Friday, April 18, 2014

[524] MTSU art major places his creativity on NHL goalie’s head

MURFREESBORO — Although Scott Sulfridge’s favorite team failed to make the Stanley Cup playoffs, he has more reason than most fans to be excited.

The MTSU student’s favorite sport gave his budding art career a boost when Nashville Predators fans picked his creation as the winner of this season’s Design the Mask contest.

“The design was purely based on the new jerseys that Nashville acquired a couple of years ago,” Sulfridge said.

The mask mimics those jerseys’ vibrant gold color on which Sulfridge emblazoned a guitar neck and strings across the top and piano keys around the bottom edge to symbolize Nashville’s music industry, as well as the city skyline. The guitar pick on the mask includes the three stars from the Tennessee state flag.

Nashville goalie Pekka Rinne wore the mask during the morning skate and warm-up practice prior to the Preds’ thrilling 4-3 March 30 overtime victory over the Washington Capitals on home ice at Bridgestone Arena.

Sulfridge attended the game with three guests and went to the Predators’ locker room after the game to meet Rinne and get autographs. He also attended a closed-door morning team skate practice.

The art major’s love of hockey began with his father, a Buffalo Sabres fan who took his son to see the Nashville Knights, a minor league team that played before the National Hockey League located a franchise in the Music City.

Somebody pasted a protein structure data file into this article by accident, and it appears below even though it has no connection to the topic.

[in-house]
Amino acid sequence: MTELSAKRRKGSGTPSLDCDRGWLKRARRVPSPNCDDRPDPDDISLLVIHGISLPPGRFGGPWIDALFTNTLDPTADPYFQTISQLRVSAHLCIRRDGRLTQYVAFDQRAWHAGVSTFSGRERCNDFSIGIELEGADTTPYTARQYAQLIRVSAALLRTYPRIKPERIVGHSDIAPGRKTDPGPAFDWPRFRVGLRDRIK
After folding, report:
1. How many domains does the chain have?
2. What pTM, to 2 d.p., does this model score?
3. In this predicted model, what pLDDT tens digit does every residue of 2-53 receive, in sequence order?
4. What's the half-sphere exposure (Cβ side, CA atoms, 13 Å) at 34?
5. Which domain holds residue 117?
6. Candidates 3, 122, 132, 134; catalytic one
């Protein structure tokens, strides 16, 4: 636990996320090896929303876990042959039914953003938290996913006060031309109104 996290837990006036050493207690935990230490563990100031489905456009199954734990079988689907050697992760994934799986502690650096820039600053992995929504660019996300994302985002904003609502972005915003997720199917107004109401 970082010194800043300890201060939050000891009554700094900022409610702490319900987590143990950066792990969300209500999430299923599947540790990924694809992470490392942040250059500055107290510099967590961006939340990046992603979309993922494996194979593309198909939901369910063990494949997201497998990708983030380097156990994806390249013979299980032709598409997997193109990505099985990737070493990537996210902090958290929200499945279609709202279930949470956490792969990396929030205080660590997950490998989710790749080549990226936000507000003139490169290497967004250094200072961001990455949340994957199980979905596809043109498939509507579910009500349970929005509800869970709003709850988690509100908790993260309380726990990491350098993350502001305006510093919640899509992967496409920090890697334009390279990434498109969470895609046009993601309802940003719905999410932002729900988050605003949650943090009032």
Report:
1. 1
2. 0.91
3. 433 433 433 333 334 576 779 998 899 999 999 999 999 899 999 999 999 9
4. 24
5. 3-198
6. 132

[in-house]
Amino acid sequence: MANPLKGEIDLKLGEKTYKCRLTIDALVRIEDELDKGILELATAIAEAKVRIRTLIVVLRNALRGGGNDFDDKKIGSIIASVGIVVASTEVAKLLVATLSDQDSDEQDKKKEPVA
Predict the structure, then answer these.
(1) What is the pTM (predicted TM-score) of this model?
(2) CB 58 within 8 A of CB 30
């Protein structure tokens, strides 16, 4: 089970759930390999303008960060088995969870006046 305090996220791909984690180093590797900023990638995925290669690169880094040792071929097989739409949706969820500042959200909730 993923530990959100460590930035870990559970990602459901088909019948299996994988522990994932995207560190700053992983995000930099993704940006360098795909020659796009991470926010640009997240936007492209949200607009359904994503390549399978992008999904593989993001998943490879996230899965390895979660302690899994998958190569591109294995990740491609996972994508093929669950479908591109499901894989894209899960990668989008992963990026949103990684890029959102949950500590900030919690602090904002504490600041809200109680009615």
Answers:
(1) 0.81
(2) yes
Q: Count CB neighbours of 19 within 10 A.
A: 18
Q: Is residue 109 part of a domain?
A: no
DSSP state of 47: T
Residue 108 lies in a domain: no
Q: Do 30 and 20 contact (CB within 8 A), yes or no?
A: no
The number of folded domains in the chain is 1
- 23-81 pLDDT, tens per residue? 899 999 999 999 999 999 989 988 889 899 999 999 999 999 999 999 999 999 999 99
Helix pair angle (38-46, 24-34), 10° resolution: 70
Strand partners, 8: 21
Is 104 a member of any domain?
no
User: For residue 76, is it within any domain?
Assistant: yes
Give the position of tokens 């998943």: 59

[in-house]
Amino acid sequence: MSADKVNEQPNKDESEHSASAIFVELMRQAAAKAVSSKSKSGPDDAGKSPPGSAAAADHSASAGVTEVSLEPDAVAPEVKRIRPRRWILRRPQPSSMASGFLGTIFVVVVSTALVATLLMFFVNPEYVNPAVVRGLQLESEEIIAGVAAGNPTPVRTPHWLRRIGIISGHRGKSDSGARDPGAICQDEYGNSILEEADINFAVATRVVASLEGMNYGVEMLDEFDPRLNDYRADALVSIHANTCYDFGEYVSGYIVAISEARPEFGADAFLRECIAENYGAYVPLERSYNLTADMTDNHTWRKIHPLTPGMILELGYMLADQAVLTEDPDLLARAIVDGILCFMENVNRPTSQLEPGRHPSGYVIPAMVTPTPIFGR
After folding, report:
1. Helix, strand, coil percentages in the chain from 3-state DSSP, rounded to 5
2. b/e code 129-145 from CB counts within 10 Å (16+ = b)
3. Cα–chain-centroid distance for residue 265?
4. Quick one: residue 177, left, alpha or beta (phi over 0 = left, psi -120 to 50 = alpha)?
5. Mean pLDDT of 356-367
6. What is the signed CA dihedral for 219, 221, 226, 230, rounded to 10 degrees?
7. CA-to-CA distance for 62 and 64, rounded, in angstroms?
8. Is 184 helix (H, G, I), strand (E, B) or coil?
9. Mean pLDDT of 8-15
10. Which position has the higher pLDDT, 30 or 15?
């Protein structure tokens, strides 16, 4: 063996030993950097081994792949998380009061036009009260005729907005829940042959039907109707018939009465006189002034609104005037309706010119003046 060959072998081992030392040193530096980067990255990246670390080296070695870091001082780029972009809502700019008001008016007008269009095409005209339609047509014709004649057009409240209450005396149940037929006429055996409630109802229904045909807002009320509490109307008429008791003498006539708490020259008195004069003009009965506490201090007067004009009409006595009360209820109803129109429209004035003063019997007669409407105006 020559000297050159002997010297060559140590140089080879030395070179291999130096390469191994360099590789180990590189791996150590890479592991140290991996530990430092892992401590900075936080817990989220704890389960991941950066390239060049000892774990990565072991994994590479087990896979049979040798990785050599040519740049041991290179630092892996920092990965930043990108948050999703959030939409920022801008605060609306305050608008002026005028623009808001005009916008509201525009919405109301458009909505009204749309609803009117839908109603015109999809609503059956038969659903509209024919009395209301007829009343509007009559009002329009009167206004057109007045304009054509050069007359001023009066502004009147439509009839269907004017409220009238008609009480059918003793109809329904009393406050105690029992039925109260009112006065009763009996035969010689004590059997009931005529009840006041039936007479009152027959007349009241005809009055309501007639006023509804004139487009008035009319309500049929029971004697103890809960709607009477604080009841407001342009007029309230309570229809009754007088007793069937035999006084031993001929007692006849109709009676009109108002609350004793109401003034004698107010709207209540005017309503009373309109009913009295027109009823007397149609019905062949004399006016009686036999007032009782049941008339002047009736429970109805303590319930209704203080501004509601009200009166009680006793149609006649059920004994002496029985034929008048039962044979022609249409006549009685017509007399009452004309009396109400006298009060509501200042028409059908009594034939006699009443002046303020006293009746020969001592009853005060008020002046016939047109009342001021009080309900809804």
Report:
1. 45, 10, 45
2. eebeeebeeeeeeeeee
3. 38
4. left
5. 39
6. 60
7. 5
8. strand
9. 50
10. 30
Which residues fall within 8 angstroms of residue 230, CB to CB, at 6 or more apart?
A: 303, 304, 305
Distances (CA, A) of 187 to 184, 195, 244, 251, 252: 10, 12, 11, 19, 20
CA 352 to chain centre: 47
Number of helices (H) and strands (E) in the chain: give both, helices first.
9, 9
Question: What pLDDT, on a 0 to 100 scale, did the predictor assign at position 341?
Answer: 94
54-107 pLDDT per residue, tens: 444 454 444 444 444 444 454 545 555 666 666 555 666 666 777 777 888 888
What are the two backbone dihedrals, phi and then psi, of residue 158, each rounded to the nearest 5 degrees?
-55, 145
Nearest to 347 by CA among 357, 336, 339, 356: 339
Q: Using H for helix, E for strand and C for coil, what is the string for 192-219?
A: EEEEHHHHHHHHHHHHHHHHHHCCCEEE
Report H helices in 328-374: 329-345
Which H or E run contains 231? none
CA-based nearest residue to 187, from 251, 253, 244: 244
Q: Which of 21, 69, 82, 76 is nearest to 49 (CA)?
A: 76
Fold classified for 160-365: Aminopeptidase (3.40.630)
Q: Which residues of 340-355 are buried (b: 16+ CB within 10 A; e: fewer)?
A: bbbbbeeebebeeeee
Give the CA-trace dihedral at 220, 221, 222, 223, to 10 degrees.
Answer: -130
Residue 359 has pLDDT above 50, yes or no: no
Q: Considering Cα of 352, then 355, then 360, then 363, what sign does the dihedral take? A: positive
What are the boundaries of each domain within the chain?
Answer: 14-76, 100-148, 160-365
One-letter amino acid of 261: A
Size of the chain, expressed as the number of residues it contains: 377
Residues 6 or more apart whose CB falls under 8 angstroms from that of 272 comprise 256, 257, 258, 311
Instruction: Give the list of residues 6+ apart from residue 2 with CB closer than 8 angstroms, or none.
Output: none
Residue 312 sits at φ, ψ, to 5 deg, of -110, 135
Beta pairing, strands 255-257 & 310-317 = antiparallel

“My uncle deepened my appreciation of hockey, too, as the 97-98 season started,” said Sulfridge. “What’s funny about that is he’s not even American or Canadian. He’s from Australia!”

Fans submitted designs for the mask through the Internet, an app or in person at AT&T stores in January. The three finalists were chosen from more than 150 entries by Predators officials. The finalists were put to a vote of the fans via the Web.

Sulfridge’s winning design was forwarded to NHL headquarters for approval and then to Dave Gunnarsson, a Swedish artist who has been painting goalie masks for more than 20 years.

On pace to graduate with a bachelor’s degree of fine arts in December 2014, Sulfridge credits associate professor Michael Baggarly with helping to make him a better artist.

“He’s always pushed me to do my hardest work, even when I thought I had done my hardest work,” Sulfridge said.

In the meantime, Sulfridge and his partner, James Mangrum, are creating a different type of mask through their fledgling business, Uncanny Valley Productions.

“We’re hoping to branch out into a little more diverse and complex forms of mask making, but right now we do vacuum-form styrene plastic masks,” Sulfridge said. “And we specialize in vintage and retro-style monsters like vampires, mummies, things like that.”

Sulfridge’s favorite mask, however, is one he did not make from scratch. It’s the one that bears his design and Pekka Rinne’s autograph. It’s a mask he’ll keep for the rest of his life.

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